The question is, does the world need another tablet, especially one that aims to go head to head with the iPad? Amazon may be banking on integration with its music and book services to boost revenue in those departments. Apple took the opposite approach of using digital stores to boost sales of the Hardware but since Amazon has an established media store, tablets that leverage those purchases may give it some ammo against other tablets.
Every now and then a possible buyout of a big company is rumored to be underway at the offices of Google, a few months back it was a $2.5 billion buyout attempt of Twitter and today it’s the world’s largest social coupon sharing website Groupon.
According to Kara Swisher at AllThings Google is willing to pay above the $2 billion to $3 billion offered to the company by Yahoo. At this time the two company’s are not disclosing any details about the deal or for that matter if a deal is even in the works.
The move would be a big win for Google who could claim yet another dominance in local search, currently their services already allow mobile and other users to search for local businesses and other locations based on their location. The move would also give a big boost to the company’s Google Places interface by providing a comprehensive local deals system to uses on Google Places. Google could of course then make money from the Groupon system itself and through their ads based platform, allowing for extra revenue to be created for the newly purchased company.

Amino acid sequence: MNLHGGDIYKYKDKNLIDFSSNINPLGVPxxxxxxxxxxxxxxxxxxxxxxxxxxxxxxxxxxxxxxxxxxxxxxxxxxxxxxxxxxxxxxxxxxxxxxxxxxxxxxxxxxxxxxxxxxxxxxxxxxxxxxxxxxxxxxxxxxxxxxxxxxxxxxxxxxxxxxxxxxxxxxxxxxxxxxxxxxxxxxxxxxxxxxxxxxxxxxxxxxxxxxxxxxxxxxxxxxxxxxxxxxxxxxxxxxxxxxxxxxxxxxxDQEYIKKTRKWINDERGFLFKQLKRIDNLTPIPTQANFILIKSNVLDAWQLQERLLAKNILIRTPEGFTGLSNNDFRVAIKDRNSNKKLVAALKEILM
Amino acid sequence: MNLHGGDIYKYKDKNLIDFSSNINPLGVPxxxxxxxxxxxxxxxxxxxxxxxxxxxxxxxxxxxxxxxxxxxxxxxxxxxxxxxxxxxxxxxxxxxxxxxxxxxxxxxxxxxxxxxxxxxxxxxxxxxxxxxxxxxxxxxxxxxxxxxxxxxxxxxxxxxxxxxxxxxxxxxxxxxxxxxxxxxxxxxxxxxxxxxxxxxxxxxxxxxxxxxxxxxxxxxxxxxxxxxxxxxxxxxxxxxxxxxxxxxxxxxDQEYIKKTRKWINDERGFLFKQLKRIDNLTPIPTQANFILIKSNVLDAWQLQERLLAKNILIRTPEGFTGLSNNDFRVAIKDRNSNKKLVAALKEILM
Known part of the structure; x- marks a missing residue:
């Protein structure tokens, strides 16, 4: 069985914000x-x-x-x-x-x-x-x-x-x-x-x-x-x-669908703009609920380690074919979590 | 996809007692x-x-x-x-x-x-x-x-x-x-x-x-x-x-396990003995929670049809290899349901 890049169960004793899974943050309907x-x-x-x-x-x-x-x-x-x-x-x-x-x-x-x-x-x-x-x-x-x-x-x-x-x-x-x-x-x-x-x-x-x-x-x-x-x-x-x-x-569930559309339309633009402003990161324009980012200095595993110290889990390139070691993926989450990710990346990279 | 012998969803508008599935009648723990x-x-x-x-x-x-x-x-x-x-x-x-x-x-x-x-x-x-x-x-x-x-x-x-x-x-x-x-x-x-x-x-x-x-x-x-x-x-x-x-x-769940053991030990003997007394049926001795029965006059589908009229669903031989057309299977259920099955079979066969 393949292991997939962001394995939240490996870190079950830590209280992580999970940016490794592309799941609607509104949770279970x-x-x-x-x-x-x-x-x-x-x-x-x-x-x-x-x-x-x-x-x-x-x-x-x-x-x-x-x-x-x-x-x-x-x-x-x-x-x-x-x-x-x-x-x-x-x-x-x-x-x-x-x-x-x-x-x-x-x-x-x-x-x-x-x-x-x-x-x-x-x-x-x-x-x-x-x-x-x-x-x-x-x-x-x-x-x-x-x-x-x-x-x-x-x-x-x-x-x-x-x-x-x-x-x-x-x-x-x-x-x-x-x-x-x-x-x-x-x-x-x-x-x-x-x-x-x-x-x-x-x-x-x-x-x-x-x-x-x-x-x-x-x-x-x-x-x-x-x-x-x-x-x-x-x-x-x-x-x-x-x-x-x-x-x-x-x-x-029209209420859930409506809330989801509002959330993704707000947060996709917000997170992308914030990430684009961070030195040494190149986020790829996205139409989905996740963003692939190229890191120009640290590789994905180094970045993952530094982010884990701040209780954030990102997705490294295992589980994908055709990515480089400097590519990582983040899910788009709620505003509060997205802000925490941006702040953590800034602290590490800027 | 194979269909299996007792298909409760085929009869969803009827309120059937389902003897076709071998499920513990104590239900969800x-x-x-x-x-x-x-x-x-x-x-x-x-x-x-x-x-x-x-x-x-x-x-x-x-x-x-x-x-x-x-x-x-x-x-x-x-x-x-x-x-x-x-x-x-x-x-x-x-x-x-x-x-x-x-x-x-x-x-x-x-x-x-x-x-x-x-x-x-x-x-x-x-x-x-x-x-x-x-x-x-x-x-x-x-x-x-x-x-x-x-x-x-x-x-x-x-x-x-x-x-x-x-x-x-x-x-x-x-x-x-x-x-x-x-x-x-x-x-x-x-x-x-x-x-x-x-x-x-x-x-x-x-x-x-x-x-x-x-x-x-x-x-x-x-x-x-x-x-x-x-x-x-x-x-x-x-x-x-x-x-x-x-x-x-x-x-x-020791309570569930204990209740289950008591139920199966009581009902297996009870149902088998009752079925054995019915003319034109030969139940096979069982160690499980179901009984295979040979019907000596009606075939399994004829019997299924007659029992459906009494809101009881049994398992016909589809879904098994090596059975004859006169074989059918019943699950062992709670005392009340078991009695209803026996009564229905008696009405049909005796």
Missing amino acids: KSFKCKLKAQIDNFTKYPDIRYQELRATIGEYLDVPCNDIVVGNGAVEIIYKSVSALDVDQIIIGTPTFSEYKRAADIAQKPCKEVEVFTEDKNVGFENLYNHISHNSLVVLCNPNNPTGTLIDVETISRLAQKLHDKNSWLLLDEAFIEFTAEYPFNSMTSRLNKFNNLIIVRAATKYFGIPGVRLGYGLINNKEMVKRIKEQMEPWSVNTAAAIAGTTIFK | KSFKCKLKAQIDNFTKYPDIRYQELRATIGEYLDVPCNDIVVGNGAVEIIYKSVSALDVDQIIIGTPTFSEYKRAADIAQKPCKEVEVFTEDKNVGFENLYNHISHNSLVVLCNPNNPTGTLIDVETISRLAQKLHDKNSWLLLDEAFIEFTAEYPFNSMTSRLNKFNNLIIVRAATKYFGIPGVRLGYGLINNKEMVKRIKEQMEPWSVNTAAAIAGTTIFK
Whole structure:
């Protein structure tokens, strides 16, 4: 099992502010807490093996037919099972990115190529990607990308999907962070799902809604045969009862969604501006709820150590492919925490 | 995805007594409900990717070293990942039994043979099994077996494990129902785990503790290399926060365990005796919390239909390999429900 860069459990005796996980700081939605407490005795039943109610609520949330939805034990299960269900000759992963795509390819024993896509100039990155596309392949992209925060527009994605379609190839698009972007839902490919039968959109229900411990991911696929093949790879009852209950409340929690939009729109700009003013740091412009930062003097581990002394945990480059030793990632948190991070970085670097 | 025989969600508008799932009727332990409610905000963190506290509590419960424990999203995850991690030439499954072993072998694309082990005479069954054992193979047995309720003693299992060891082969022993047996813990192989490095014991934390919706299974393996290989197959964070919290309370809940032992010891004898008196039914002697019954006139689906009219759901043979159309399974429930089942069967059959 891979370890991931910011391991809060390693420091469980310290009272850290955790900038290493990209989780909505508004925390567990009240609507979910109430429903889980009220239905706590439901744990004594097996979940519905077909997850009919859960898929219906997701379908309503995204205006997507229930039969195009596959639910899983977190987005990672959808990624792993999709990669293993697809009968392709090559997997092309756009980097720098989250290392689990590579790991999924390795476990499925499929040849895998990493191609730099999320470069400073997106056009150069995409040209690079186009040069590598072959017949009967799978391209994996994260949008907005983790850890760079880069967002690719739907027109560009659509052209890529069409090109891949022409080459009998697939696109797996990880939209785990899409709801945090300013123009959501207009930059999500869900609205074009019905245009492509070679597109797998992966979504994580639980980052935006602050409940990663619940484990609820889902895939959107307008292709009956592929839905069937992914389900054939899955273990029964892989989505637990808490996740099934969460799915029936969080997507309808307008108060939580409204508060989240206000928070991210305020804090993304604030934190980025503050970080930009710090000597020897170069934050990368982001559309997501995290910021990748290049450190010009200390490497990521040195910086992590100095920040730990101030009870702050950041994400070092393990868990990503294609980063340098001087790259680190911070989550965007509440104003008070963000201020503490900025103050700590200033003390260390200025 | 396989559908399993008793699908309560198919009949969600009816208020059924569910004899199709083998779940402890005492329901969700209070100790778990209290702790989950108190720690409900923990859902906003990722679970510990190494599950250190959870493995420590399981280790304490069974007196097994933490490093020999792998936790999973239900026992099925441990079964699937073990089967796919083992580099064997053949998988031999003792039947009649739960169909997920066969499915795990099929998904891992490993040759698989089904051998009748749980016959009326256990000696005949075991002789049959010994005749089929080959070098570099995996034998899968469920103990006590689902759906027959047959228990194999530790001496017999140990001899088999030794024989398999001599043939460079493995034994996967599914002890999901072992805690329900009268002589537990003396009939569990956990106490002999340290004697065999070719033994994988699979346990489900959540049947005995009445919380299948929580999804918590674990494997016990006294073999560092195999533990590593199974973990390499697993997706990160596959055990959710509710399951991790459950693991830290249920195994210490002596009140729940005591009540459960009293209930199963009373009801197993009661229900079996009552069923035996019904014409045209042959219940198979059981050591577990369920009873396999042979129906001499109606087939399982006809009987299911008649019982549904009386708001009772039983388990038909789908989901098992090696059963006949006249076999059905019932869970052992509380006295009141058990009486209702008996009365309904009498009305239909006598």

With Google attempting to build out their Google Me social networking system, the Groupon acquisition could also provide a nice integration into their social networking attempt, which in turn could bring with it a loyal customer base that already spends nearly $50 million per month with the social coupon site. Groupon customers provide each other with a valuable social networking service, so why not bring them together to help form your new social community? read more
In a move that is bewilderingly shocking to some news outlets, Amazon has acquired AmieStreet.com for an undisclosed amount. The move, however, could have been viewed as inevitable, since Amazon has been funding Amie Street since 2007.
What should be the focal point of surprise for most is that Amazon plans to shut down the AmieStreet.com services as of September 22nd. AmieStreet.com has been a seller of downloadable music since 2006. Its unique roots were its pricing; songs became more expensive, capping at a maximum of $.99 per song, based on how many people purchased them. The more popular, the greater the cost. In stark contrast to this is Amazon’s own music download service, Amazon MP3, which has a set price similar to Apple’s iTunes.